She was a bit like a German Jewish Maria von Trapp because she was looking after a bunch of orphans who she brought over on the last Kindertransport. My show's really funny and fun and uplifting but she has such an amazing story and there are so many parallels with what's happening now in the UK with refugees for example. I wanted to just bring something a bit deeper to my show as opposed to just froth.

The other thing that I've done - and I'm not sure how much I should give away - but I've found some other Jess Robinsons in the world and I've started a Jess Robinson group and want to know if we have anything else in common other than our name.

But there are still impressions right?

Oh absolutely! People are still going to see Lulu, Shirley Bassey or Lily Allen for example. And there is a song I wrote called Voices in my Head which is about how these women get me through the day. So for example Lulu would be my alarm clock, Shakira would be my personal trainer - people that give me motivation to go to the gym.

But I am a bit nervous about this show actually because I'm not following the formula. I'm breaking it out and it could go either way I suppose.

How much did appearing on Britain's Got Talent change things for you?

Career wise I think it was a positive thing in that it gave me enough of a boost to be able to take my show on tour and open me up to a wider audience. But it also made me have to work harder in the comedy industry to get taken seriously. Because when you do one of those talent shows, some people think it's a bit naff. So it was a double-edged sword.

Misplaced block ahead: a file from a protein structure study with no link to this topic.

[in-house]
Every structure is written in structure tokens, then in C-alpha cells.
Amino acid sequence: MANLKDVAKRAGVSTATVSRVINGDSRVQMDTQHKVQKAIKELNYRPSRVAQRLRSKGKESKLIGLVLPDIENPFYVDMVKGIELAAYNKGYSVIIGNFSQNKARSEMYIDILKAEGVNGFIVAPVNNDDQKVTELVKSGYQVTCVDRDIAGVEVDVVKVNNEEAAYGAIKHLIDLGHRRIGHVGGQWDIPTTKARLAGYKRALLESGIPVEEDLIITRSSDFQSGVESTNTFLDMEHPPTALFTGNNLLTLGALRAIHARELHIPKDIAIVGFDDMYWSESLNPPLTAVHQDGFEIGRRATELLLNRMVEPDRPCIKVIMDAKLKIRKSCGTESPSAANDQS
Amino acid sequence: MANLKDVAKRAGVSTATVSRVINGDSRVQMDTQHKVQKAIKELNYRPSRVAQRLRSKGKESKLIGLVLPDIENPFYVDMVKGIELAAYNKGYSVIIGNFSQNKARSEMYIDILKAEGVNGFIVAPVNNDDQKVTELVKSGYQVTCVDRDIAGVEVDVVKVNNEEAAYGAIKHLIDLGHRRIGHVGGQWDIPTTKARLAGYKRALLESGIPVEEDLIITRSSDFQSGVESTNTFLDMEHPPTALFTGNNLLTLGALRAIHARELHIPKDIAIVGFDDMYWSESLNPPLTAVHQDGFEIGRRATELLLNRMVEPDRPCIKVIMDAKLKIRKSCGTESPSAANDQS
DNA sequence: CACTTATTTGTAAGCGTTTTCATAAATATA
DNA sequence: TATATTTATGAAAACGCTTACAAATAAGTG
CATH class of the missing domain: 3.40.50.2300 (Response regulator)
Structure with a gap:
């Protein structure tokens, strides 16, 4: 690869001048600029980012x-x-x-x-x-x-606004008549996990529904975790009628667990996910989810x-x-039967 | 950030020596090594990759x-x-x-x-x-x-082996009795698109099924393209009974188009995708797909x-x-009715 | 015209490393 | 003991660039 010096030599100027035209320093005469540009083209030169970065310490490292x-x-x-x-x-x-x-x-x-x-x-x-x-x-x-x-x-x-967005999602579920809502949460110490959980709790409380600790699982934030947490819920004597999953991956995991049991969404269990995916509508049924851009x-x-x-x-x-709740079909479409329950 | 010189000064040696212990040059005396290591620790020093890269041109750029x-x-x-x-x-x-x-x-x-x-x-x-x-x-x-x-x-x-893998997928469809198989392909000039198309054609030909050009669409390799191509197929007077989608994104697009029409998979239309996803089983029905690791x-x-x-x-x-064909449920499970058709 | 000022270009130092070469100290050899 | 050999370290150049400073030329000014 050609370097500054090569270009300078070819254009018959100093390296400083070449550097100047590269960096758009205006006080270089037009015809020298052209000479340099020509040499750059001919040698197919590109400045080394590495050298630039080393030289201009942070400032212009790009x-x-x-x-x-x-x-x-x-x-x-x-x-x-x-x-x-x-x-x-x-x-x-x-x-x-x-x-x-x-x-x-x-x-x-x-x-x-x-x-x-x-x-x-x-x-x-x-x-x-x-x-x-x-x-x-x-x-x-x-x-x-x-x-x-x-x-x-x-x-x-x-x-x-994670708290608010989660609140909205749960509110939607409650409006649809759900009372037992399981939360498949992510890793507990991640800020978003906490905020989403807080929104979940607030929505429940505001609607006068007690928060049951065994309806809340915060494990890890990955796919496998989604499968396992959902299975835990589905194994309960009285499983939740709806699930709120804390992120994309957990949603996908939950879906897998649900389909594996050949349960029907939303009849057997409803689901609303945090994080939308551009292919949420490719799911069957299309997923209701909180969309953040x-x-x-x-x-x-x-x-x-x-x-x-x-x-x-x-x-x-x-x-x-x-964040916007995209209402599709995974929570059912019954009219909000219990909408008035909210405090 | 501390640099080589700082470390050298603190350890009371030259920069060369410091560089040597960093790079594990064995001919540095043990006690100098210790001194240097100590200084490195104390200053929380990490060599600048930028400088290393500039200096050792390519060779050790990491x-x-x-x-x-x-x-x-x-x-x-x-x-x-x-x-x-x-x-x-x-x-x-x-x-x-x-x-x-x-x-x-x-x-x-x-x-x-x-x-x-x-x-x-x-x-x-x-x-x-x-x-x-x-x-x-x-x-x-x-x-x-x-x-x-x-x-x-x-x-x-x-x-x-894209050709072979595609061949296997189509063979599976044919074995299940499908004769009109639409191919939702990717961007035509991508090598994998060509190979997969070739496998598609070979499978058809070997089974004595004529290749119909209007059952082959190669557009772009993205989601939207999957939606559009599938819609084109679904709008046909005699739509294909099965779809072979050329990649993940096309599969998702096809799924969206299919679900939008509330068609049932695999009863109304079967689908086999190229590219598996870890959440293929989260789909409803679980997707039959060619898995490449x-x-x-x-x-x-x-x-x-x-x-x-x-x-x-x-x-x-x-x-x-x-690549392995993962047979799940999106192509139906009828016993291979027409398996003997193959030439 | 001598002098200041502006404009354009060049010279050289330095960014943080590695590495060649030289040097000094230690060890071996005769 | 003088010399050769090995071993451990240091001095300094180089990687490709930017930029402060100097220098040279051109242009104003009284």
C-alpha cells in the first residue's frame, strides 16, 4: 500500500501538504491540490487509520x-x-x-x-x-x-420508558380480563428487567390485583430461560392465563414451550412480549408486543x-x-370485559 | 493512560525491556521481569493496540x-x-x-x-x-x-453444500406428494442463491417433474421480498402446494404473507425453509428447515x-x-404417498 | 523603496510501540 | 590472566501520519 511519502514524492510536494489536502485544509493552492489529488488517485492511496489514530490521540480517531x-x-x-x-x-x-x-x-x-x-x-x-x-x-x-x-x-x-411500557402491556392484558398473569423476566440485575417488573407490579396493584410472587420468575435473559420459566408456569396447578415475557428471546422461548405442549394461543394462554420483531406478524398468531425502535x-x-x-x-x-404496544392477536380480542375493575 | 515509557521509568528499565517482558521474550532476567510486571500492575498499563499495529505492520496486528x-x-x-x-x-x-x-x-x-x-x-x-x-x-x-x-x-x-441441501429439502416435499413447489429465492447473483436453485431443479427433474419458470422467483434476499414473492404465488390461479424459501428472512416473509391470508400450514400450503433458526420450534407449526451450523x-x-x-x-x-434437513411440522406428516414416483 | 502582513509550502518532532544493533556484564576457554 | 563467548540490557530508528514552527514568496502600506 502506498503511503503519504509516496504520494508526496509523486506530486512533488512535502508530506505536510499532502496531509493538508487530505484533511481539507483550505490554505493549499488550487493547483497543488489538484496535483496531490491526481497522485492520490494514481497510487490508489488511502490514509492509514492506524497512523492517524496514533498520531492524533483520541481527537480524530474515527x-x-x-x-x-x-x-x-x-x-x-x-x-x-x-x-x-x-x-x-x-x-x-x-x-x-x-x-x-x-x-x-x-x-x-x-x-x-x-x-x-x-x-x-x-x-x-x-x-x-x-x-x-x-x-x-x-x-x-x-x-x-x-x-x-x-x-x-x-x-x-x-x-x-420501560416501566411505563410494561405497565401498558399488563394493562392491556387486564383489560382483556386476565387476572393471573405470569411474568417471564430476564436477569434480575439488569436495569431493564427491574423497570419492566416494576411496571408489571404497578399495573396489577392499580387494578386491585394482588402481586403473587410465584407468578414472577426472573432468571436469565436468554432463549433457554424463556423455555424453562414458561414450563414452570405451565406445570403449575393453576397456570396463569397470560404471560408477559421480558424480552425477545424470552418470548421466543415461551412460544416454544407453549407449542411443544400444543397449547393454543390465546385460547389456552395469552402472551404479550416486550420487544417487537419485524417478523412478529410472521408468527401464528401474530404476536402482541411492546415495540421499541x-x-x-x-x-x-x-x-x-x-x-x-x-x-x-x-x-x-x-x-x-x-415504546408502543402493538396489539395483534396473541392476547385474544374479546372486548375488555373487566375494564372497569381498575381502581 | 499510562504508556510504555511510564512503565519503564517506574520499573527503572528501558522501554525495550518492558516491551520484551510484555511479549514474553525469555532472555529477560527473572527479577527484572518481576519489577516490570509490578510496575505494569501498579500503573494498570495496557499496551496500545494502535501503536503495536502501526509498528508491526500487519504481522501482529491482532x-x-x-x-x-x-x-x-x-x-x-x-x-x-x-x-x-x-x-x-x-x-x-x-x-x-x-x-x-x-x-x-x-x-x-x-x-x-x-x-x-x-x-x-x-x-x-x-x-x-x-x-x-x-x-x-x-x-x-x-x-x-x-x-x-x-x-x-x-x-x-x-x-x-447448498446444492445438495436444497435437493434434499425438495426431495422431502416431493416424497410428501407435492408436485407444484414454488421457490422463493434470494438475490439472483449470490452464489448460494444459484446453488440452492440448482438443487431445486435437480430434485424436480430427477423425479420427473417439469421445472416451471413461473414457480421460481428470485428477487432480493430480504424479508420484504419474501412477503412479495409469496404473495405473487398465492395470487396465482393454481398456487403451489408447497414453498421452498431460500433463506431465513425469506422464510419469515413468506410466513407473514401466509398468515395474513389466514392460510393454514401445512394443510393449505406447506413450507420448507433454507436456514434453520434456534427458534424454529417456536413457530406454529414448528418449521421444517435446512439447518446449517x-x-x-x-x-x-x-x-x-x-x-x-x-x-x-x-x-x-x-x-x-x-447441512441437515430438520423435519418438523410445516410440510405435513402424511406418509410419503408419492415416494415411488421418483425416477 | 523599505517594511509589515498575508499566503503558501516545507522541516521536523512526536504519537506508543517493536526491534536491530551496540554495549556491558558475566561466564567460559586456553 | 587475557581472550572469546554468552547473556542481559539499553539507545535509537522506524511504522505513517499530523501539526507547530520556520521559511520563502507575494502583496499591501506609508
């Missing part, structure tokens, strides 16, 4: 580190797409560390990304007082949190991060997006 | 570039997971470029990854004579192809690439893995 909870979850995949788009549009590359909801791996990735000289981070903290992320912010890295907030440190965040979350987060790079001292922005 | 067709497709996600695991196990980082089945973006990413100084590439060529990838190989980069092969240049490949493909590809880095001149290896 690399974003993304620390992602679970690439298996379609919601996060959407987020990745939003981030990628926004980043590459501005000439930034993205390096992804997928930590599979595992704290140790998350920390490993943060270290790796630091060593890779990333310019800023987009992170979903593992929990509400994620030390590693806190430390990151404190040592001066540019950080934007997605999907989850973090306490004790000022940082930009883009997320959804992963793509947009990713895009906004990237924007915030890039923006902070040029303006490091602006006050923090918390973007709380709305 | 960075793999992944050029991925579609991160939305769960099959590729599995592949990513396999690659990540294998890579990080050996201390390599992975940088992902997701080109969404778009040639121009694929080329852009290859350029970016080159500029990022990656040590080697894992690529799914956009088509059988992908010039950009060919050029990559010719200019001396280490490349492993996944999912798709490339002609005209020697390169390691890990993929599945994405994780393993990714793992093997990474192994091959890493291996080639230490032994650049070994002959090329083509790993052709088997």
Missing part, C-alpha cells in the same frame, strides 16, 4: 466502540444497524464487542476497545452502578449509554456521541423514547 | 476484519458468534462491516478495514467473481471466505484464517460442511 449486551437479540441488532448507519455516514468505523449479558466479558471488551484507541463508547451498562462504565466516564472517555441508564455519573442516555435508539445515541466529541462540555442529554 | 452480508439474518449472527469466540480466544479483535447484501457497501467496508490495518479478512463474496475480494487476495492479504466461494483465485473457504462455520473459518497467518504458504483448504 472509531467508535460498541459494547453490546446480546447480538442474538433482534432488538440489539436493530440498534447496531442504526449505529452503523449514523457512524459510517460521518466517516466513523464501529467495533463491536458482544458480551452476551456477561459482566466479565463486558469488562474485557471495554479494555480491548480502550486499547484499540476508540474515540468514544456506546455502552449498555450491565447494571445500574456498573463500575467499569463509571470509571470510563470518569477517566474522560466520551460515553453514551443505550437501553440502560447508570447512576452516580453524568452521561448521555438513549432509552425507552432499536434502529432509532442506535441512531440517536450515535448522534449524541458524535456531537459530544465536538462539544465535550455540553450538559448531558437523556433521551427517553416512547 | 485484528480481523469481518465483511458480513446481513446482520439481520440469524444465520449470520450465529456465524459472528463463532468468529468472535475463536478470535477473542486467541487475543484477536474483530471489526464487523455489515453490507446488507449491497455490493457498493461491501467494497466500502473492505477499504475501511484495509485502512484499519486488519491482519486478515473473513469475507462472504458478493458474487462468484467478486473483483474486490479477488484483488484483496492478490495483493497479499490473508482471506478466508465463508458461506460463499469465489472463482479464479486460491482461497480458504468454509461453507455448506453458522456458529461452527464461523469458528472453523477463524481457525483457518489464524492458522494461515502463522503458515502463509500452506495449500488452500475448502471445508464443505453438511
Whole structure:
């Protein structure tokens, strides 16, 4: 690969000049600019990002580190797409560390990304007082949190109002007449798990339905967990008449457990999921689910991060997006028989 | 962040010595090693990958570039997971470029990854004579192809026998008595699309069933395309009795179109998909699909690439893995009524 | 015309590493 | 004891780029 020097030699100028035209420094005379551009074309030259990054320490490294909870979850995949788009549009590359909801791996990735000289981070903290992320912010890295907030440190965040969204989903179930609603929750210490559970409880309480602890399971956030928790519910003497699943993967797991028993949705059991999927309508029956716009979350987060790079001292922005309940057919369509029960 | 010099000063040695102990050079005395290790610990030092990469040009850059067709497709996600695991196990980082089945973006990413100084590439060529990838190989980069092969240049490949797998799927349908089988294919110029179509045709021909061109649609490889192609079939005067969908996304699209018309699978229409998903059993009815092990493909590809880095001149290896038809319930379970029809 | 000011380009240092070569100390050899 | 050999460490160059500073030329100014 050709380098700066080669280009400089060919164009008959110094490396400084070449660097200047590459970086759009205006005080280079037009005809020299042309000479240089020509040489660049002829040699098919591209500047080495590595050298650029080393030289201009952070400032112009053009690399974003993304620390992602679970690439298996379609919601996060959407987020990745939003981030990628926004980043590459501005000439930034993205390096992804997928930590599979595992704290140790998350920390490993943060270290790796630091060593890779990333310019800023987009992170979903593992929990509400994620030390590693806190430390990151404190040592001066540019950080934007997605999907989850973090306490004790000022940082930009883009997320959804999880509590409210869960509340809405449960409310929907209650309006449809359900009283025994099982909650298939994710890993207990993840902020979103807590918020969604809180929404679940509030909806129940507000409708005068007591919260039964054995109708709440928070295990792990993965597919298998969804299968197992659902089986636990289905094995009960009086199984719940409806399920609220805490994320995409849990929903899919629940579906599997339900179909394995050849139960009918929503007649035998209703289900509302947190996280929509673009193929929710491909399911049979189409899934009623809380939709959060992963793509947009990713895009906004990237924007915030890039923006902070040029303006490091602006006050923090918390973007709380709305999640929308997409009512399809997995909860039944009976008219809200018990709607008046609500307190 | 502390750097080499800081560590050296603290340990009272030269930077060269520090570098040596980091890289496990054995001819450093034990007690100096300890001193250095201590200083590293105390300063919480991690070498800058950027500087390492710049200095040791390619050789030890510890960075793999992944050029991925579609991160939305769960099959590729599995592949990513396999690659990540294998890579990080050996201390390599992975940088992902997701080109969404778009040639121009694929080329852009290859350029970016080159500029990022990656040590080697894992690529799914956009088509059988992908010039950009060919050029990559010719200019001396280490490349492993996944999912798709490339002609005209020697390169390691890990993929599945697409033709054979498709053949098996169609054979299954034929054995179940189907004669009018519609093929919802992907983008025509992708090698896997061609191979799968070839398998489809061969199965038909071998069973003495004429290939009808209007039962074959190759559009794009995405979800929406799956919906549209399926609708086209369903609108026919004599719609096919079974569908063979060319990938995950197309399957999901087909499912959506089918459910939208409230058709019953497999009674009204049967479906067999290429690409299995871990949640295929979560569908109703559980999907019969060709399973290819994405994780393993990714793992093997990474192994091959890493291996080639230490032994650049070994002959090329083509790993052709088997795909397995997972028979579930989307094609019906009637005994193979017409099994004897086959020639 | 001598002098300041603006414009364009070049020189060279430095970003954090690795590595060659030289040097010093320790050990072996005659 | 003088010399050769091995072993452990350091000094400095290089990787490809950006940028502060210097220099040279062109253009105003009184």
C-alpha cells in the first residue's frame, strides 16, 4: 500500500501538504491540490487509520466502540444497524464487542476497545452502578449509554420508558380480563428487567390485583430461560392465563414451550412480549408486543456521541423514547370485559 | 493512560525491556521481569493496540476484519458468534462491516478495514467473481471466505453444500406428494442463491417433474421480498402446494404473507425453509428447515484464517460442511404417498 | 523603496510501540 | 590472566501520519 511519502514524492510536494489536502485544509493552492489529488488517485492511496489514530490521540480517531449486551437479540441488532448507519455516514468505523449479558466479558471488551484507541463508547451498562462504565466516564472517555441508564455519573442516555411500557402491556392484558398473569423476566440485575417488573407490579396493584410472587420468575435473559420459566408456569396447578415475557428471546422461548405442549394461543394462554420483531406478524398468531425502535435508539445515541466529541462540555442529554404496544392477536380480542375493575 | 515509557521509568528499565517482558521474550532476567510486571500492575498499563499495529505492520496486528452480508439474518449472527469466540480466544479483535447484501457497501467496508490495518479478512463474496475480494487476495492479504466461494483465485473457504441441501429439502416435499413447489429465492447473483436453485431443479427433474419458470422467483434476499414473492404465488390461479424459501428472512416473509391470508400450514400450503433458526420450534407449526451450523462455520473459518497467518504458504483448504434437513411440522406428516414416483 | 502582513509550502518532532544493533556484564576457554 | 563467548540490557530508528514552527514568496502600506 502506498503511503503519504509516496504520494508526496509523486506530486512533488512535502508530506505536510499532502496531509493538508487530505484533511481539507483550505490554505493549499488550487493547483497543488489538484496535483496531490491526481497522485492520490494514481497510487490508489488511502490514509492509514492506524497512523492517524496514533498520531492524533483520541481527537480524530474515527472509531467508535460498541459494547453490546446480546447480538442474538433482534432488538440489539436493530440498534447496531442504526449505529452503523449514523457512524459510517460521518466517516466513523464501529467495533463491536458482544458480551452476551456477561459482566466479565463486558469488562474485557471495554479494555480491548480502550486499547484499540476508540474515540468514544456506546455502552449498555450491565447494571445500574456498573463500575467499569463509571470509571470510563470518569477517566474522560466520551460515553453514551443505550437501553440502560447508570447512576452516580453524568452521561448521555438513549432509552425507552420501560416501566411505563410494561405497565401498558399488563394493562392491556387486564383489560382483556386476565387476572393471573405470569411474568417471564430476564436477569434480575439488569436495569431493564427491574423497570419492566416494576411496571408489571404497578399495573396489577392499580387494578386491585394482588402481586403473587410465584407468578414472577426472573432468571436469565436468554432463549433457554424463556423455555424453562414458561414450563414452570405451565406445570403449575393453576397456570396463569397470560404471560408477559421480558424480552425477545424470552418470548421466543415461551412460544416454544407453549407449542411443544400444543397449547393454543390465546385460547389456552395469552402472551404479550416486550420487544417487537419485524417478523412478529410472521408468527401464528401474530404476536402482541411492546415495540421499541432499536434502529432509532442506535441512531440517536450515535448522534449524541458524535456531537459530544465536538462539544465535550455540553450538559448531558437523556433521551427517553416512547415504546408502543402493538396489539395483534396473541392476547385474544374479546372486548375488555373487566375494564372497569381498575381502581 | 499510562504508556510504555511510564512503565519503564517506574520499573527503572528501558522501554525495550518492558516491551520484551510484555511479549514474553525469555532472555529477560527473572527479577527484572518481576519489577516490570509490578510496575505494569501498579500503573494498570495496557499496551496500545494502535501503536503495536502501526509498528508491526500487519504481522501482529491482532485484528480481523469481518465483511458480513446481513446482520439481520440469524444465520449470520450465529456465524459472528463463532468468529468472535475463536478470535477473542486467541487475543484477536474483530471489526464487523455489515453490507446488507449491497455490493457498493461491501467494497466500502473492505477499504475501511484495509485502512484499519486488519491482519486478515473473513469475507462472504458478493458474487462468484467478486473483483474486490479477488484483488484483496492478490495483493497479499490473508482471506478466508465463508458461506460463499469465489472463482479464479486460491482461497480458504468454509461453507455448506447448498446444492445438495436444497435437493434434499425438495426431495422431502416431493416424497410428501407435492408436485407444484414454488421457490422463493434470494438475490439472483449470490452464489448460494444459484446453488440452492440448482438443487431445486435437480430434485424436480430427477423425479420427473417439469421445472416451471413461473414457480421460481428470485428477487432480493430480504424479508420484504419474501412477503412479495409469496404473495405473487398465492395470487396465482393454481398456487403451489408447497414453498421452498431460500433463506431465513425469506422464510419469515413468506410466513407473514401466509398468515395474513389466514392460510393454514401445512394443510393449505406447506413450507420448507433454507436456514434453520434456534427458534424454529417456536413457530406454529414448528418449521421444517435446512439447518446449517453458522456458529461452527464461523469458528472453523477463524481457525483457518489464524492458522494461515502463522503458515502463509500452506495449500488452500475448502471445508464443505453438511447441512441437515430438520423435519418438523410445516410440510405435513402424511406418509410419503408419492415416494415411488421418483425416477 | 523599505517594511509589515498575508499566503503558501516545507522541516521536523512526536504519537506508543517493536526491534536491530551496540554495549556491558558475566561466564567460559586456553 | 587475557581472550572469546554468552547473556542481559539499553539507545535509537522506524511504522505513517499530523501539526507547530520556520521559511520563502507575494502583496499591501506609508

How did you find the process of being on that show?

I absolutely hated the Britain's Got Talent live shows because I ended up not being able to do anything that I wanted to. It was all very very prescriptive. When we finally got an act together that I was half happy with, they literally changed it the night before I was supposed to go on. That was pretty traumatic.

But that's a regular occurrence on that show. I was a weeny bit naive to forget that they were making an entertainment show, a TV show. They've got their narrative and that's why it works so well and is so popular - because it is so entertaining and the underdog wins.

Were you approached to take part?

Yes. They asked me to do it for six or seven years running and I always said "No thank you" and then I finally thought I'd give it a go.

They promised that they'd be really collaborative and wouldn't make me do anything I didn't want to do and be really supportive. But oh well never mind, it's a brilliant show. I definitely don't regret it - but I have some great stories!

Outside of the Fringe what are you working on?

I've just recorded an episode of Pointless which was amazing! I was paired with Mark Benton but I met Michael Sheen on a team with Steve Pemberton and they were so so lovely. I didn't know who the footballers were! We've got a big show coming up on the Southbank in Winter and lots of bits and bobs in the pipeline.

I'm getting married in October which is exciting. That's my biggest production this year. I've just moved to Brighton as well which is very different to living in London. I already feel sunnier and it's better for my mental health I think.

I'm also going to start raising awareness a bit more about Huntington's Disease which is what my sister is very much suffering with at the moment. It's a bit like Parkinson's. I'm in the very early stages of putting together a fundraiser to raise some money so that they can research the illness a bit more because there's so little about it and there's no cure.

Finally, how would you sum up this year's show in just five words?

Extravaganza. Vocal fireworks. Funny. Warm.

Jess Robinson: The Jess Robinson Experience runs from 1st - 24th August (not 12th) at 7pm at the Assembly Rooms (Bijou). Book tickets here.